One man one vote ruling could alter the political power of cities

Seth Lipsky:
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The impact could extend way beyond the Lone Star State, shifting political power away from cities.

Particularly cities with relatively high, non-voting immigrant populations like — oh, say — New York.

The case has the potential to require authorities to strip away during the redistricting process population that isn’t eligible to vote — undocumented aliens, felons, children.
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Not just upstate. Blum reckons the case could lead to changes in city councils, too. He speculates that council districts in such big cities as New York, Houston and Chicago are among the “most malapportioned” in the country.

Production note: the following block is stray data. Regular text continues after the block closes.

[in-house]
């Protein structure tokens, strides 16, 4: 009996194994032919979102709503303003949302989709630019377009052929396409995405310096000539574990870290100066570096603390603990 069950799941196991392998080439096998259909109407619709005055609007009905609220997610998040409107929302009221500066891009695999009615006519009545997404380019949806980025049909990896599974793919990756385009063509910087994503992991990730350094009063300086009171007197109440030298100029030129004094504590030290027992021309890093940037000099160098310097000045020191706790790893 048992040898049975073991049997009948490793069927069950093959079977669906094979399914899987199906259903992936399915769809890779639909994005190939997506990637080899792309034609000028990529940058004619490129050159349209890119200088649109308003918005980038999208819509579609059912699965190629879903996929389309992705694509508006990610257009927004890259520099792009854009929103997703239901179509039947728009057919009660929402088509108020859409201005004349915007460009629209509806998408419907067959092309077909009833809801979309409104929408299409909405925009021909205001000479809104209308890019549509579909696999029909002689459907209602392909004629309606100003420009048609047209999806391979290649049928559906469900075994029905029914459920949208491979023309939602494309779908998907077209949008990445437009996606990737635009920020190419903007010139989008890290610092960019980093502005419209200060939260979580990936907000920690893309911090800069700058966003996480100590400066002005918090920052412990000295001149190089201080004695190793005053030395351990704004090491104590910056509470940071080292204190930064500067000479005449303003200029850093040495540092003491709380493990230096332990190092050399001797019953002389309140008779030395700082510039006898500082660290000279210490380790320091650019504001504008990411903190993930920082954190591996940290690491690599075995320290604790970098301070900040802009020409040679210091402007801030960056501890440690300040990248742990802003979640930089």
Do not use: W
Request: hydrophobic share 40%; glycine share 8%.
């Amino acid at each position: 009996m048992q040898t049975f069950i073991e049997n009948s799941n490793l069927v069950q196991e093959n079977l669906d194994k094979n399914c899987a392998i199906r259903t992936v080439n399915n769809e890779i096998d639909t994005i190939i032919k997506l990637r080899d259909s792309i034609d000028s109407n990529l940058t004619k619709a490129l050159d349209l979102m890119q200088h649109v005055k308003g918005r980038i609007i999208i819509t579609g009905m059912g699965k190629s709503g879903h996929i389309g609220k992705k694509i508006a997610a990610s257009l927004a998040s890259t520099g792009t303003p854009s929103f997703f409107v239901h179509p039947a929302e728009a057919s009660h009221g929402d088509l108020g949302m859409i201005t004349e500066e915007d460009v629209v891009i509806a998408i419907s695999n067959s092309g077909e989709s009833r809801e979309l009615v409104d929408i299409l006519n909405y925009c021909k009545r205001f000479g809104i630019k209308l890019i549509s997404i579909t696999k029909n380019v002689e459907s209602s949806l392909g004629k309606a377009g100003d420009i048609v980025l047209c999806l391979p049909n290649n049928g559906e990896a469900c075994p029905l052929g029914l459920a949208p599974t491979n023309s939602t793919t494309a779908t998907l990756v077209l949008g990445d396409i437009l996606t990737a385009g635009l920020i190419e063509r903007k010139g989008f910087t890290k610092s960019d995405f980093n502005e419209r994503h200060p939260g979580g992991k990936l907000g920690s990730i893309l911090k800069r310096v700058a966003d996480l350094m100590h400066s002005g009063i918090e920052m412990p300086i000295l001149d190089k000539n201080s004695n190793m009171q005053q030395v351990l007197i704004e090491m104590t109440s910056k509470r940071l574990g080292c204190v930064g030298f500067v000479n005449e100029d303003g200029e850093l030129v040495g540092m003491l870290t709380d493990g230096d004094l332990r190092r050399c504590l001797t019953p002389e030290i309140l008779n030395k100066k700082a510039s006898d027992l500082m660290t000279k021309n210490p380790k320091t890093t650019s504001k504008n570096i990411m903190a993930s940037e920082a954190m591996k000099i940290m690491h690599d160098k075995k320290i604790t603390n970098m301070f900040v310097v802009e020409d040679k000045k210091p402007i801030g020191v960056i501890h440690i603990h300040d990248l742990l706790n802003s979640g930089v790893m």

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Slate.com is already suggesting that a victory by Blum’s clients (two Texas voters who feel underrepresented) could mean “more Republican districts.”

This is because most states apportion districts based on total population, which, Slate says, “includes noncitizens, children, felons and others ineligible to vote.”
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It would also lessen the impact of illegal immigrants on the political process.  The argument makes sense.

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